Gold prices were volatile after the Federal Reserve released the minutes of its March meeting. The yellow metal first rose and then fell in response to the fact that the protocol gave an idea of the central bank’s plans to reduce its balance sheet.
Brian Landin: It doesn’t really mean you have to pay for gold
As we reported to Somagnews, the FOMC protocol assumes that if inflation remains high or worsens, the Fed may raise the Fed funds rate by 0.50 basis points at upcoming meetings and, in addition, begin to reduce the Federal Reserve’s balance sheet in the amount of $9 trillion at the beginning of May. Brian Landin, editor of Gold Waishletter, says:
No surprises, so at least the answer below came early. A bit hawkish, however, the markets have already lost sight of the much more aggressive position of the central bank, and only the crisis in Ukraine keeps them from gaining half a point at the last meeting. In fact, this is not bearish for gold, as reports show good results for the precious metal when the Fed tightening cycle begins.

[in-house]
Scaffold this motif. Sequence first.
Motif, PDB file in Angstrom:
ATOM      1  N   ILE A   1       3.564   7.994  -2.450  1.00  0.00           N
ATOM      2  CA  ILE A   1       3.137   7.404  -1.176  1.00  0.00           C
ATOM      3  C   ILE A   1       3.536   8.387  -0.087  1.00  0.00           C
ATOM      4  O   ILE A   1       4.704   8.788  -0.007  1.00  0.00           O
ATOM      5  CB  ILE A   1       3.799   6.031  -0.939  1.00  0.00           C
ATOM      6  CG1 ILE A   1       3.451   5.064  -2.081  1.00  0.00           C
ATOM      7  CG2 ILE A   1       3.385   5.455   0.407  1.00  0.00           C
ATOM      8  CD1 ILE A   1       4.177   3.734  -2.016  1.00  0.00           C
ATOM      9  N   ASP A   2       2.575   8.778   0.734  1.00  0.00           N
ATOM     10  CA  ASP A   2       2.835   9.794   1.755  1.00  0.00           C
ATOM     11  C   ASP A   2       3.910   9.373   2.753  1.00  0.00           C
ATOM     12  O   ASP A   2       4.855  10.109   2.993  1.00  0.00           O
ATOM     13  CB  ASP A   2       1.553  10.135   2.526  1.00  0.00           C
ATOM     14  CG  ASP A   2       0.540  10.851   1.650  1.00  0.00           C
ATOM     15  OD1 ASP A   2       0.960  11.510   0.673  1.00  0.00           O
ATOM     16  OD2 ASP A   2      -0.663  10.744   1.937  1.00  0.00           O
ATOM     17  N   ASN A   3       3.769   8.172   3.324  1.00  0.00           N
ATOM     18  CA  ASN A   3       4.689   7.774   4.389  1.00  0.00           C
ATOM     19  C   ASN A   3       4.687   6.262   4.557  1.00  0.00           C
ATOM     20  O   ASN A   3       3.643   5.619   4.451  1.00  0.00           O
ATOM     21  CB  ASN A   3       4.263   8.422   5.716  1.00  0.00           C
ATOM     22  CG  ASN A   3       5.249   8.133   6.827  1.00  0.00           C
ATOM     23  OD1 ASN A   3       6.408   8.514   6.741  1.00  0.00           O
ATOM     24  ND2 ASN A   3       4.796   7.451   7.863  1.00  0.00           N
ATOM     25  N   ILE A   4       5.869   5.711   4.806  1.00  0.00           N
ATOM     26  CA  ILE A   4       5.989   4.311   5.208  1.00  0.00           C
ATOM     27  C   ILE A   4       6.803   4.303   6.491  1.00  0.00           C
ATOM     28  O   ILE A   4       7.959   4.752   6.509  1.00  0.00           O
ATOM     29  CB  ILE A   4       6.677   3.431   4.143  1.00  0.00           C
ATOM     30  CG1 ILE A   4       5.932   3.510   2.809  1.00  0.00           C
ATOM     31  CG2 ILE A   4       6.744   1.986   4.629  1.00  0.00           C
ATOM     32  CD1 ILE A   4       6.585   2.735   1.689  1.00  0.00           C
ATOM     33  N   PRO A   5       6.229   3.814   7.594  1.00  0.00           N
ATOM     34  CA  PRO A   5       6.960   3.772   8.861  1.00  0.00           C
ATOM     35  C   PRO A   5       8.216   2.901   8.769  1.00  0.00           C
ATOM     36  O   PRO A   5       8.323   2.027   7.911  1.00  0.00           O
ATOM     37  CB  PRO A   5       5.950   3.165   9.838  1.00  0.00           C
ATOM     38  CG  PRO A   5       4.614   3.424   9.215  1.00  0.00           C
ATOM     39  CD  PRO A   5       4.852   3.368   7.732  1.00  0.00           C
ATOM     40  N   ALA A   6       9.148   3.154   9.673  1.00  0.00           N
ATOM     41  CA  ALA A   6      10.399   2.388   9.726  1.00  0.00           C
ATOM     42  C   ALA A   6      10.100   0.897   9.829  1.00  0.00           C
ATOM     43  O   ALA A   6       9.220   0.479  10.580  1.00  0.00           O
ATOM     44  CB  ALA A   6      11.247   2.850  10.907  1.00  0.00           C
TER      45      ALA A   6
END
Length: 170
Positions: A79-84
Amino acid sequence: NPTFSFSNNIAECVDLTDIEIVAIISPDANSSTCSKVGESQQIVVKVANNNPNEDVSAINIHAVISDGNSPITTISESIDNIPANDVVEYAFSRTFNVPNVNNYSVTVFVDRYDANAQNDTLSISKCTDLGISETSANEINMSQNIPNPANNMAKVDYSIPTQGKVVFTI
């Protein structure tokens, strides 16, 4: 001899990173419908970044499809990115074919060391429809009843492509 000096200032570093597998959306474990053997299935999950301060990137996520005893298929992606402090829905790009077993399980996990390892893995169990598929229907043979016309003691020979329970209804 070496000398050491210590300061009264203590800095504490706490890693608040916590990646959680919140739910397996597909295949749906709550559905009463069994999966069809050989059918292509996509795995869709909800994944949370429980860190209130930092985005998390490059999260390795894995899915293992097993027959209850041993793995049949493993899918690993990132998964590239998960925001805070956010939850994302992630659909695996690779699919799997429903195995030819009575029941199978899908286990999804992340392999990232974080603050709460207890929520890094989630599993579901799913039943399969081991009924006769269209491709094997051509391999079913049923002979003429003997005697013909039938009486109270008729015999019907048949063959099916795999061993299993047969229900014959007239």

“The real question is whether central banks can control inflation.”
According to Thomas Westwater, analyst at DailyFX, the ongoing war in Ukraine creates a tailwind for gold bullion, keeping the market on edge as the situation develops. “Western allies continue to expose sanctions against Russia, which has an unfortunate side effect in the form of complicating the global flow of goods and services,” the analyst said.
This may increase inflation and market volatility, which are supportive factors for the yellow metal. At the same time, high inflation is forcing central banks to react more aggressively, and the Federal Reserve is ready to raise the base rate by 50 basis points in May. The rise in rates puts gold, an interest-free asset, at a disadvantage. The question arises whether central banks can control inflation.
Marios Hadzikiriakos: Bullion escaped with very minor injuries
Marios Hadzikiriakos, Senior Investment Analyst at XM, assessing the development of the market, emphasizes the following in a note:
Bullion escaped with only minor injuries, given the bond storm when buyers defended the region for $1,915 as a bulwark. The Fed’s revaluation has not yet caused serious damage to gold. But the real test will come when there is a ceasefire in Ukraine and the demand for a safe haven cools down.